February 20th, 2013 at 9:30 am
The following is an interview with Kush Varia, author of Bollywood: Gods, Glamour, and Gossip
Question: Why write a book on Bollywood?
Kush Varia: This year, Bollywood turns 100 years old and I have presented highlights which demonstrate a variety of genres, historical periods and stars. Sadly there was not enough room to include some other favorites but I hope that the book acts as an introductory guide to a new viewer and that they can experience the full spectrum of what the cinema has achieved, the guises it can take, and the emotions it inspires.
Q: Many in the West or non-Indian audiences seem to have a notion of Bollywood cinema as kitschy and somewhat absurd, is that a fair assessment?
KV: Much of popular experience of Bollywood in the West is composed of quick clips seen on cable channels, semi-erotic stills or colorful ephemera. Bollywood does have elements of the fantastic from songs sung in romantic dream sequences to melodramatic acting styles and emotionally charged music. However much like the often derided “women’s films” from the heyday of Hollywood, Bollywood films deal with extremely important social and moral issues providing a space for the negotiation between tradition and modernity.
Q: What is distinctly Indian about Bollywood film?
KV: Religion, family and morality are key issues in Bollywood films and it is through these issues that the films become a forum to discuss and challenge issues pertinent to Indian society and the wider Indian Diaspora. Throughout its hundred-year history Bollywood film has played a key socio-cultural role. In the films of the colonial period there were coded swipes at the British whilst post-independence movies aimed to construct a new identity for India. In the Seventies – a time of deep social unrest – films reflected issues faced by rapidly growing urban communities through the figure of the ‘angry young man’. More recently, Bollywood films have provided a forum for investigating the role of the internationally based Indian and their access to new experiences which may contradict traditional Indian values or ways of thinking.
Q: To what extent does Bollywood borrow from Indian literary or cultural traditions?
KV: Some argue that Bollywood is influenced by ancient Indian theories of drama however Bollywood is much more closely linked with popular traditions such as religious theater as well as Western influences such as pop videos. The role of song, dance, and music hearkens back to classic Hollywood with a great deal of importance placed on creating outstanding spectacle. Bollywood is a unique cultural product but despite the industry having a large output, very few films go on to become huge successes. But those that do often become keystones of modern India and they can provide fascinating insights into the emergence of India as a global superpower.
Q: What does it say about India as an emerging global superpower?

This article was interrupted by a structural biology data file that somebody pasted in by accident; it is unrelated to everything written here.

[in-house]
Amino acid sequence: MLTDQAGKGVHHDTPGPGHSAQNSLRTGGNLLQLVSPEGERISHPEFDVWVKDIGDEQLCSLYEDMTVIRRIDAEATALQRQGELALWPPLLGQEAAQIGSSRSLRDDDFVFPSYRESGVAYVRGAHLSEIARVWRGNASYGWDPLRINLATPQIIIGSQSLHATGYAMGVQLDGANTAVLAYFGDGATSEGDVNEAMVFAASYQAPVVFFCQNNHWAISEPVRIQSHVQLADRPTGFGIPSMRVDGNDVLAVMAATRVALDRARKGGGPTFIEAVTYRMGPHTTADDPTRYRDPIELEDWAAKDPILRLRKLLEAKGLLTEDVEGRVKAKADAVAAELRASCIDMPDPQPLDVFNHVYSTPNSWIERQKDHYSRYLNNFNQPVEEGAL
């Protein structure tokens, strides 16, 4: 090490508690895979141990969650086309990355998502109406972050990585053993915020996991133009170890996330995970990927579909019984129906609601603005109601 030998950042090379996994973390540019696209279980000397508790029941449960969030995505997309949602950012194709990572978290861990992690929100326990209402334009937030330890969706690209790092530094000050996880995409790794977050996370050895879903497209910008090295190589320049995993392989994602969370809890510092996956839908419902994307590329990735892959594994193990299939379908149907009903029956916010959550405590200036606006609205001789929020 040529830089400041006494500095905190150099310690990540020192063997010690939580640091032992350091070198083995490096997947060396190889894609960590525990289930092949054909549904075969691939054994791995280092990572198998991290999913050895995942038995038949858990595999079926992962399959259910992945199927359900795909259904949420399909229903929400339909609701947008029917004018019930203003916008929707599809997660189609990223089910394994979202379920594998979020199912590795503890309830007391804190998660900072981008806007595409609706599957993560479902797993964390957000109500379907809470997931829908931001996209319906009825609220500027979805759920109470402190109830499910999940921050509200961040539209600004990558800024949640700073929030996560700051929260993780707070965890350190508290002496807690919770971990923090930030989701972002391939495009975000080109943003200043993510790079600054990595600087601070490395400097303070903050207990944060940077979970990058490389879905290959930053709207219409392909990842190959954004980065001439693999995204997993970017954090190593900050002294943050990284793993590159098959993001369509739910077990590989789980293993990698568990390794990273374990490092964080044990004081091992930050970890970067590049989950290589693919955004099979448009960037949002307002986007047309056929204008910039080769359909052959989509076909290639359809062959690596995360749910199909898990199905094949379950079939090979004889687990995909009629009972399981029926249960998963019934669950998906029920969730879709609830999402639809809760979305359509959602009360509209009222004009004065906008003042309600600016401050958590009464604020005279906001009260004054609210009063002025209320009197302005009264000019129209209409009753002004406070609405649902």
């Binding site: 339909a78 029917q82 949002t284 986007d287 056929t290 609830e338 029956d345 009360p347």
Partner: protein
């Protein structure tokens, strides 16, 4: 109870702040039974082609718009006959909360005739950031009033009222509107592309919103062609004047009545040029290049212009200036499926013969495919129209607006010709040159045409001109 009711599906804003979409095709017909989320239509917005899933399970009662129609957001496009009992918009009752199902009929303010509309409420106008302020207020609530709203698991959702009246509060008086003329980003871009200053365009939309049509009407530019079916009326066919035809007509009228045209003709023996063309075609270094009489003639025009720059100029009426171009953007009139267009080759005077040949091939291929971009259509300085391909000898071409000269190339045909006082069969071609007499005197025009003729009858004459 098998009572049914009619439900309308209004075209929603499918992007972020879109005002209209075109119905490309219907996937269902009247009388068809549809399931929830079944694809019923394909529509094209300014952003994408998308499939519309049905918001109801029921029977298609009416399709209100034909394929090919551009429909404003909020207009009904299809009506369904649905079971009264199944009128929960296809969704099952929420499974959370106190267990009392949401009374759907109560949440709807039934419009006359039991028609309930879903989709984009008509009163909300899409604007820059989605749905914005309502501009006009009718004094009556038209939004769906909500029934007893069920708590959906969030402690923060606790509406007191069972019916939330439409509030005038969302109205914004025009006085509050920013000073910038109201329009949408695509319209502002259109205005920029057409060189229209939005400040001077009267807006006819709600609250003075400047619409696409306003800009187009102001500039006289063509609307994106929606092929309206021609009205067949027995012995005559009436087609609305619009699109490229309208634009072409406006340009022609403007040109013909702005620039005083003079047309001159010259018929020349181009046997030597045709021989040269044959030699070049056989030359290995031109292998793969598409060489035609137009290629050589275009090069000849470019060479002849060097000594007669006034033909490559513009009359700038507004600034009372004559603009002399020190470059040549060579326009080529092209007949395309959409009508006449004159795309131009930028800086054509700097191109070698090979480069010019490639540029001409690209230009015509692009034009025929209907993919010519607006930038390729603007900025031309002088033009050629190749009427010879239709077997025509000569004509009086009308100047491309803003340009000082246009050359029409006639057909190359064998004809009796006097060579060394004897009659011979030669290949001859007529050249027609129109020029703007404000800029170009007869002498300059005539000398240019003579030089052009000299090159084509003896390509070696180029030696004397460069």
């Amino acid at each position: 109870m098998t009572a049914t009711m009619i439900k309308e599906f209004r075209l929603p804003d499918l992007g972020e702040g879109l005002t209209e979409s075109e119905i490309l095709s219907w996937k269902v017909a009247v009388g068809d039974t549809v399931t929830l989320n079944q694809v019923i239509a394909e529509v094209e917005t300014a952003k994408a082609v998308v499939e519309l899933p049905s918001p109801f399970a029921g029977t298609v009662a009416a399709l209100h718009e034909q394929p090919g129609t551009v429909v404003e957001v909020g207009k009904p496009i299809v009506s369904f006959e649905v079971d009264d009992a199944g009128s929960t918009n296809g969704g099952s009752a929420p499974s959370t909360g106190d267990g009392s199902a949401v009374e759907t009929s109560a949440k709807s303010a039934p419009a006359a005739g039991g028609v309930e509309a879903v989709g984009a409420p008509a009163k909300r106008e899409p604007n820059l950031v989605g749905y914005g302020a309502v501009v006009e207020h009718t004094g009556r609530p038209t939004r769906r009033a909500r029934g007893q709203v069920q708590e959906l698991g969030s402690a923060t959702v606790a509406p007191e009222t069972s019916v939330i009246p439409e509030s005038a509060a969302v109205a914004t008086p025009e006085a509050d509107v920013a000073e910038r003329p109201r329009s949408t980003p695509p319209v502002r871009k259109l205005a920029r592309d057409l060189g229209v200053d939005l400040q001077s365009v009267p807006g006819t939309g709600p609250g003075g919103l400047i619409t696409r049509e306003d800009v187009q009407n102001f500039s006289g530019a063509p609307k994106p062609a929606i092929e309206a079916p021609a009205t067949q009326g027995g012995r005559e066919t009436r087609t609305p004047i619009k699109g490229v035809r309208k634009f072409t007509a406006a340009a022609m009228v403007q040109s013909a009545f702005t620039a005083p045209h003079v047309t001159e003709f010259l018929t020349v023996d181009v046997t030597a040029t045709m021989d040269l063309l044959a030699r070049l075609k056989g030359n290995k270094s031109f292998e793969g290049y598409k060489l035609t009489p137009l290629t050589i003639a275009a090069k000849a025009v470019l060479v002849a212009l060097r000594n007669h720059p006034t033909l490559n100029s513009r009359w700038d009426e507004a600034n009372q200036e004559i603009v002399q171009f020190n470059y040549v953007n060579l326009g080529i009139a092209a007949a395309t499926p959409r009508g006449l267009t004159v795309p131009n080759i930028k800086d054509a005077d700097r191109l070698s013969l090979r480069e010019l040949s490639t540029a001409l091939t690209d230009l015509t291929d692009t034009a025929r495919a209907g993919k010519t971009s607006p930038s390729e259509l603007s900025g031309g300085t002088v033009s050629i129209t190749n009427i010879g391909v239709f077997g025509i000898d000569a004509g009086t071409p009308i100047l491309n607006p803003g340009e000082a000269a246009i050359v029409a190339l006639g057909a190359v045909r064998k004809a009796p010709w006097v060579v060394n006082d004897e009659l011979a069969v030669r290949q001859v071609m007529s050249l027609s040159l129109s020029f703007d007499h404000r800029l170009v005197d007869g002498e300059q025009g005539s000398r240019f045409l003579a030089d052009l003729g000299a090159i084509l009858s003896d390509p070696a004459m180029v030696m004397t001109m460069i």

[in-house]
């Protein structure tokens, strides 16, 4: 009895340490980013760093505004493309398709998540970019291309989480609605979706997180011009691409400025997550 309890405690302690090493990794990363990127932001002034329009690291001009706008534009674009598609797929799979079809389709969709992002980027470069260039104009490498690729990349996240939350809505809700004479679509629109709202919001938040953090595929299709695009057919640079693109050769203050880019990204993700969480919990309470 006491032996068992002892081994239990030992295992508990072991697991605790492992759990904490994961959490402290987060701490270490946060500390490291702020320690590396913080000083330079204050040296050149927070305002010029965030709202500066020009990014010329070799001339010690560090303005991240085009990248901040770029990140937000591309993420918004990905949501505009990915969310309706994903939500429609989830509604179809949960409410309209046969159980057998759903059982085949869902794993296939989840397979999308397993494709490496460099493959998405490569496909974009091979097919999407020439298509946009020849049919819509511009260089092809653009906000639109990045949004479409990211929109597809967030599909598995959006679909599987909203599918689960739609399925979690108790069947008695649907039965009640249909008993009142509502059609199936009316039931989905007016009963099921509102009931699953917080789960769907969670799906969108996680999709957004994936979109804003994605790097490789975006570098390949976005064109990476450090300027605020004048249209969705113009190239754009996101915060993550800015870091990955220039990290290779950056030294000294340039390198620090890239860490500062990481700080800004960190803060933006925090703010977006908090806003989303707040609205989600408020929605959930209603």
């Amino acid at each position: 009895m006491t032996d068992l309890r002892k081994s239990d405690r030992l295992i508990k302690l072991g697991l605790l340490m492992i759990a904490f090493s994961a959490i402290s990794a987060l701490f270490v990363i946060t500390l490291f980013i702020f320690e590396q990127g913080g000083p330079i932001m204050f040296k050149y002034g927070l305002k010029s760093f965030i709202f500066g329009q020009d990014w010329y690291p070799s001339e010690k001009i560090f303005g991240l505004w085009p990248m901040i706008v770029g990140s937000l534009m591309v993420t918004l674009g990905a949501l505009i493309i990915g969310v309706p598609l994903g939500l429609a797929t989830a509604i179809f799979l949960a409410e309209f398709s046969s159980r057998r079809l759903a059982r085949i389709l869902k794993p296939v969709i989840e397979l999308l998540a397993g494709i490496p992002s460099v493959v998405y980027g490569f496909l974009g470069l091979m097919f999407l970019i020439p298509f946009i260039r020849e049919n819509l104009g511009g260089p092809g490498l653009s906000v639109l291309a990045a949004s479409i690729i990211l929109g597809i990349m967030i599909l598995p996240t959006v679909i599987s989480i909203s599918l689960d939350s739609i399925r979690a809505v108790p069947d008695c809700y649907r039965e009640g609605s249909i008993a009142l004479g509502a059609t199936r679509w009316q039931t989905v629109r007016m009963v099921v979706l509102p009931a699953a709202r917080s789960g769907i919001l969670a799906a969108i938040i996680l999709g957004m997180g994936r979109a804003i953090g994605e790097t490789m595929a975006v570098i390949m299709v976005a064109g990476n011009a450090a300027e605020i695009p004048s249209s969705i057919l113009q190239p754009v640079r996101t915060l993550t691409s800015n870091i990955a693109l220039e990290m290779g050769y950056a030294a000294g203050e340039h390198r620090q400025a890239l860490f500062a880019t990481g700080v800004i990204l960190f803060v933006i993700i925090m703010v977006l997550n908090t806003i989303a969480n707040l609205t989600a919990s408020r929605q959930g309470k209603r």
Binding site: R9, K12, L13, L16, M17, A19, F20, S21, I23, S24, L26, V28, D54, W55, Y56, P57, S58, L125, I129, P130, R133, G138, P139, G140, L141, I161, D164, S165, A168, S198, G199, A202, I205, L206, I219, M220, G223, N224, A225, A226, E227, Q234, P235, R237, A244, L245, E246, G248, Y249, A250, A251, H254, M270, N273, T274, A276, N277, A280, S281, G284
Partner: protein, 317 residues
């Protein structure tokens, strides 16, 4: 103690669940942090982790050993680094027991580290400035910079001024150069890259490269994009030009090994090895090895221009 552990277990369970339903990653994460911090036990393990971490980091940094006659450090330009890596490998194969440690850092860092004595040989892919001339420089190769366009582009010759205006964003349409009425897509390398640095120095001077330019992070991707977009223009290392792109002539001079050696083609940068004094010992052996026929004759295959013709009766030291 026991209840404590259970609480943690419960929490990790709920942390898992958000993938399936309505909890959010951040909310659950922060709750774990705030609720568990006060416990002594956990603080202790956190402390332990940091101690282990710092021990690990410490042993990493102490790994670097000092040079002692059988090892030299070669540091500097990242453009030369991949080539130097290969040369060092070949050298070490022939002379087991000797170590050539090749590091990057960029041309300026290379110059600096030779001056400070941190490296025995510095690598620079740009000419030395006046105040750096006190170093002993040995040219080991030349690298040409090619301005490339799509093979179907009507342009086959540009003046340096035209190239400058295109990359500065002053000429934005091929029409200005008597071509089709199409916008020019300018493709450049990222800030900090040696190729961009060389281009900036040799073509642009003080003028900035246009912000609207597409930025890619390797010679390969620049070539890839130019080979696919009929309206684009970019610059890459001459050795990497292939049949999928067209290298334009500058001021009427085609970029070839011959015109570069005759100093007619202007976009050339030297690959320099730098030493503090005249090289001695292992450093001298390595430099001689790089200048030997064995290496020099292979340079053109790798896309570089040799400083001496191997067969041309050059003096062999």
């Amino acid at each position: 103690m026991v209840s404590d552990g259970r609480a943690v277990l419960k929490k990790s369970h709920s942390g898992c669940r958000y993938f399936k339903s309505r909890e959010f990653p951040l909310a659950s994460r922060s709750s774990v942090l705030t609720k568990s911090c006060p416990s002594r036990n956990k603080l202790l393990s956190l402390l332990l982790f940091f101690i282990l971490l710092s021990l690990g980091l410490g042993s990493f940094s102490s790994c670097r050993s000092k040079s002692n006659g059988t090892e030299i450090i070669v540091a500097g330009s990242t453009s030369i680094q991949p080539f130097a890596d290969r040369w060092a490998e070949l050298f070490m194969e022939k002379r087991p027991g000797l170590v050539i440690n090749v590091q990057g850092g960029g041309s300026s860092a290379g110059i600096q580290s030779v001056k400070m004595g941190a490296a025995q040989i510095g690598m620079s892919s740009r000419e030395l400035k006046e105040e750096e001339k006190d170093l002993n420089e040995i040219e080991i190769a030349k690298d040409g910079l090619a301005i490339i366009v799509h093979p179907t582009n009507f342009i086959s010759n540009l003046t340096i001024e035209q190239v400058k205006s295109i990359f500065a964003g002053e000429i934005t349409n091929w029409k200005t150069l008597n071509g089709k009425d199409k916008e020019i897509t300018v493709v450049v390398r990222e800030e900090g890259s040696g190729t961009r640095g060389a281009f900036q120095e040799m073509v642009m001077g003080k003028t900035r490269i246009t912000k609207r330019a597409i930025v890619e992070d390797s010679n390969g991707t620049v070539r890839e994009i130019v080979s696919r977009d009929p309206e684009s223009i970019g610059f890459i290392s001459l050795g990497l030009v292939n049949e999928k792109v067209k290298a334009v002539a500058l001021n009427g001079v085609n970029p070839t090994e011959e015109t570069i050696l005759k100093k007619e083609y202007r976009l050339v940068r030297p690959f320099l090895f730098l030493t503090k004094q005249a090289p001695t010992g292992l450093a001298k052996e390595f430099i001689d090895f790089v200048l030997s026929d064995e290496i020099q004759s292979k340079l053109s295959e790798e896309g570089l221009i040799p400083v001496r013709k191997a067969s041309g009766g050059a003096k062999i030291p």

KV: Modern India is presented as a location for pleasure and consumer indulgence but at its heart it retains traditional Indian values. Of paramount importance here are the family and religion – both of which have an integral role to play in modern day living in India. Even though in reality many family units no longer live in an extended unit, it is very much held up as a cultural ideal. Religious ritual punctuates daily life and marks key points in life (birth, marriages, death). This is very different from the Western world where modernity is increasingly viewed as being separate from religion and the traditional family unit.
Q: What’s the role of Bollywood cinema in Indian diasporic communities?
KV: Bollywood is integral to the formation of an identity for the Indian diaspora. The films provide an opportunity for various generations of a family to define their idea of India, their own cultural heritage and the position of Indian values in a wider society.
Bollywood films can be a tool to teach Indian culture and values. Growing up in Britain I was obsessed with Mythological films based on Hindu religious epics and stories. The films were educators and almost vital to religious learning. Of course, Bollywood is also a key source of entertainment not only through the film products themselves but also through associated material such as magazines, gossip columns, game shows based on film songs, or television programs which include interviews with film stars.
Q: What do you see as the future of Bollywood film?
KV: There has been the small emergence of a science fiction genre which I find particularly interesting due to the links that can be drawn between it and Bollywood’s earliest genre of the mythological film, but also to the comparisons that can be made between it and popular Hollywood cinema. With special effects work for Hollywood films being outsourced to India, I think the time is right for the reemergence of the mythological. I could see the genre gaining a cult following, much in the same way that the historical martial arts genre of Chinese cinema has become popular in the West. New Mythologicals could contain Supernatural narratives full of battles between good and evil set in historical climes or the heavens, stylishly topped off with spectacular song and dance numbers.